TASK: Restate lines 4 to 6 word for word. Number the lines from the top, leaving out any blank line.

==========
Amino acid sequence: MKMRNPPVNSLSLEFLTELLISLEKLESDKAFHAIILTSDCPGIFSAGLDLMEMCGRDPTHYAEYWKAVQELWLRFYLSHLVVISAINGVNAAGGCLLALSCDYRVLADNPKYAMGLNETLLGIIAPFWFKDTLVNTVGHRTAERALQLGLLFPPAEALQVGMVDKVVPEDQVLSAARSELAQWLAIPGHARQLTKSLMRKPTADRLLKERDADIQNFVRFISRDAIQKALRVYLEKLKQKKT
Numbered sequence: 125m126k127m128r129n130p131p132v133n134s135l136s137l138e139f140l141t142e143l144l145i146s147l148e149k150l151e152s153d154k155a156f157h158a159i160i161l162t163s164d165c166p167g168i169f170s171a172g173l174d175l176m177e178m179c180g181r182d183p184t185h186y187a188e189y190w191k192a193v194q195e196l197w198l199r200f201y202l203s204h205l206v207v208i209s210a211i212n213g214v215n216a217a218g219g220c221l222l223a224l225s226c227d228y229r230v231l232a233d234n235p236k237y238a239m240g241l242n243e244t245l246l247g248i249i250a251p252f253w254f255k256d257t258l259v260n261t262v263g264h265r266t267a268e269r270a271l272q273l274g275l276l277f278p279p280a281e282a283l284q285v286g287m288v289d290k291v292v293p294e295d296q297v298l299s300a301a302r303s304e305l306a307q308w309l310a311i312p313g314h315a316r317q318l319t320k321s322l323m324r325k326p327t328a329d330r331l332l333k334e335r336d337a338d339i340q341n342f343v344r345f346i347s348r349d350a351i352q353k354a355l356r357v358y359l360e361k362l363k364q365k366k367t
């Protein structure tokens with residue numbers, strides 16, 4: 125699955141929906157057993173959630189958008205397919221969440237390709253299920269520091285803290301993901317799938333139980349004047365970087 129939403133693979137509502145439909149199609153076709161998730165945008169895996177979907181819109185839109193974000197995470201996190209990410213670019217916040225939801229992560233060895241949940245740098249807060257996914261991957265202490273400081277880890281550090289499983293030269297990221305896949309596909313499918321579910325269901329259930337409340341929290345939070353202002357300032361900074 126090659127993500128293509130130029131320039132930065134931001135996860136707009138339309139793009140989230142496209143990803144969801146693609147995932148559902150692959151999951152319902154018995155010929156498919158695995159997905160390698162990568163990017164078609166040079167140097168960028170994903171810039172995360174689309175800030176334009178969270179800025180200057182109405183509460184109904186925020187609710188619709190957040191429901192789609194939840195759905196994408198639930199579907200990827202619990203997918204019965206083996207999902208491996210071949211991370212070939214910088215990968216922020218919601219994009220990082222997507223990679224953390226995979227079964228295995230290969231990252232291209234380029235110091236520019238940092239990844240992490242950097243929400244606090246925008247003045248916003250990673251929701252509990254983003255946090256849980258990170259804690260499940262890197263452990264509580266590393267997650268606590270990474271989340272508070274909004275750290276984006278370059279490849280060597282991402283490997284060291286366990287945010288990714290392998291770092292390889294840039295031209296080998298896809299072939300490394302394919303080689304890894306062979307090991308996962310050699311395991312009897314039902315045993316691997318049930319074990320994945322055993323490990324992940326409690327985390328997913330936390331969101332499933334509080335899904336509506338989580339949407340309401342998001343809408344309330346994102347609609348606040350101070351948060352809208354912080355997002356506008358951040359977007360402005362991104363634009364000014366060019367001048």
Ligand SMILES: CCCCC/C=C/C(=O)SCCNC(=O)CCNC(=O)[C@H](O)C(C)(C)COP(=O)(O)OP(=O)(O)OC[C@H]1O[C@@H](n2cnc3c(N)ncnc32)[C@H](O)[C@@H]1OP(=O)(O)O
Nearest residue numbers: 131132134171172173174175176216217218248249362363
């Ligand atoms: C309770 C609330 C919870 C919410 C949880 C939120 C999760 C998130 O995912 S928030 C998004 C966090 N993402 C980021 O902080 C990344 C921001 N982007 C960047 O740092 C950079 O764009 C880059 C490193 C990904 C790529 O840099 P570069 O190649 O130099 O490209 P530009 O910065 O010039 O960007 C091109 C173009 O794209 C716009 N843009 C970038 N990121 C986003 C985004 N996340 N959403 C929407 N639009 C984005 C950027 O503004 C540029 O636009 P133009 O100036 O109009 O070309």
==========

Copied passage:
Ligand SMILES: CCCCC/C=C/C(=O)SCCNC(=O)CCNC(=O)[C@H](O)C(C)(C)COP(=O)(O)OP(=O)(O)OC[C@H]1O[C@@H](n2cnc3c(N)ncnc32)[C@H](O)[C@@H]1OP(=O)(O)O
Nearest residue numbers: 131132134171172173174175176216217218248249362363
């Ligand atoms: C309770 C609330 C919870 C919410 C949880 C939120 C999760 C998130 O995912 S928030 C998004 C966090 N993402 C980021 O902080 C990344 C921001 N982007 C960047 O740092 C950079 O764009 C880059 C490193 C990904 C790529 O840099 P570069 O190649 O130099 O490209 P530009 O910065 O010039 O960007 C091109 C173009 O794209 C716009 N843009 C970038 N990121 C986003 C985004 N996340 N959403 C929407 N639009 C984005 C950027 O503004 C540029 O636009 P133009 O100036 O109009 O070309």